Financial records from the City of Anaheim show that since July 2006, OC Human Relations has received $67,955 from the Anaheim Police Department. Of that amount, $22,251, or 33% of the entire total, was disbursed between November 2011 and September 2012 alone. Several invoices and check request forms show even the monies the city uses to pay yearly dues to OC Human Relations comes out of the police budget, not the general fund. All payments were approved by Welter.

These and other documents reviewed by the Anaheim Investigator not only suggest the relationship between the Anaheim Police Department and OC Human Relations is much deeper than originally thought, but that the latter agency is not, as some people believe, a neutral third party. In reality, it functions as a de facto arm of law enforcement–a proxy–used now and then to perform special work on its behalf, whether it be intelligence gathering, public relations, or urban pacification.

All of this raises serious questions about what role, if any, OC Human Relations might play in the proposed police oversight committee that could be formed by the City of Anaheim. Since there is now proof this agency is dependent on cash infusions from the Anaheim Police Department to do some of its “work,” how can any of its employees be trusted to be fair and impartial in matters pertaining to resident complaints about police brutality and misconduct?

Additionally, whose interests does OC Human Relations really serve? In all of the emails the Anaheim Investigator has examined so far, Kennedy seems to be wholly obsessed with demonstrating to Welter how effective his agency was in pacifying Anna Drive residents who were angry–angry about being shot and abused by cops. Given part of Kennedy’s salary is being paid for by the police themselves, should anybody be surprised he’s doing what he can to keep the rabble in line?

[Below are electronic reproductions of some of the emails, invoices, and other documents referred to in this article.]

KennedyWelter 1o2

Welter/Kennedy Email Correspondence 9/12/12 (1 of 2)

KennedyWelter 2o2
Welter/Kennedy Email Correspondence 9/12/12 (2 of 2)

Request for check form 91212--APD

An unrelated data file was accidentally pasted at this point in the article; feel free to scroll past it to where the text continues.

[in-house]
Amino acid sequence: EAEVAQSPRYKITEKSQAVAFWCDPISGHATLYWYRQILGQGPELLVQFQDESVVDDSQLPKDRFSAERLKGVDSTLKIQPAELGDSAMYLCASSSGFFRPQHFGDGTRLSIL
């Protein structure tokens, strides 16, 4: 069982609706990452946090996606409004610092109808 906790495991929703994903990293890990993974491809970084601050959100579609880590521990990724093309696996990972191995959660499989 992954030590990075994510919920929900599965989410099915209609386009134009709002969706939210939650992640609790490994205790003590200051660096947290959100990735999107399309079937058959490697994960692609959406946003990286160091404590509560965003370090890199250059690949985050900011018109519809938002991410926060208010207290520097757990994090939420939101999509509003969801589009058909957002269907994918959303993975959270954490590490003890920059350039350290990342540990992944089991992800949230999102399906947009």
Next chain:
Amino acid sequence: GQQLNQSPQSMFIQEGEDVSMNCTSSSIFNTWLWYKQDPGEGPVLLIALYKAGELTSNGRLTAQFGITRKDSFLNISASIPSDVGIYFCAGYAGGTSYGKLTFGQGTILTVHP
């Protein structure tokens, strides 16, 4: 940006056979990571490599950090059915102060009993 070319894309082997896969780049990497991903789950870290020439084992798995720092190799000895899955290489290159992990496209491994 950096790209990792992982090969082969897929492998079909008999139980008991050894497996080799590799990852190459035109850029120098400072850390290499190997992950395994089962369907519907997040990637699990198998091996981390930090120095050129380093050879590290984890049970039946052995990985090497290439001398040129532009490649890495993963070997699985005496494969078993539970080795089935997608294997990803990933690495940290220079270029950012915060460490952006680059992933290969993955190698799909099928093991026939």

APD, Request for Check Form, # 1523727, 9/12/12 (1 of 1)

APD-OC Human Relations Dues FY 2010-2011 (1 of 2)

APD-OC Human Relations Dues FY 2010-2011 (1 of 2)

APD-OC Human Relations Dues FY 2010-2011 (2 of 2)

APD-OC Human Relations Dues FY 2010-2011 (2 of 2)

APD-OC Human Relations Dues FY 2012-2013 (1 of 3)

APD-OC Human Relations Dues FY 2012-2013 (1 of 3)APD-OC Human Relations Dues FY 2012-2012 (2 of 3)

APD-OC Human Relations Dues FY 2012-2013 (2 of 3)

APD-OC Human Relations Dues FY 2012-2013 (3 of 3)

APD-OC Human Relations Dues FY 2012-2013 (3 of 3)

APD Disbursements to OC Human Relations 3-5-13 (1 of 1)

APD Disbursements To OC Human Relations 1/06-2/13 (1 of 1)

Lapdog for Law Enforcement: Emails Reveal OC Human Relations Gathered Info From Anna Drive Residents And Forwarded It To Anaheim Police Chief John Welter

By DUANE ROBERTS
Editor & Publisher

According to copies of emails the Anaheim Investigator obtained last year from the City of Anaheim under provisions of the California Public Records Act, OC Human Relations, a county-sanctioned non-profit agency involved in issues ranging from dispute mediation to combating hate crimes, quickly dispatched a team of two persons to canvass the working-class Mexican neighborhood of Anna Drive in the aftermath of “Operation Halo,” a law enforcement operation which reportedly targeted a local “street gang” whose members were alleged to be engaged in drug trafficking, murder, and other offenses. Although on the surface, the canvassers’ activities appear to be relatively harmless, most of the information they gleaned from Anna Drive residents–some of it apparently quite sensitive–was immediately relayed to Anaheim Police Chief John Welter by Rusty Kennedy, Executive Director of OC Human Relations.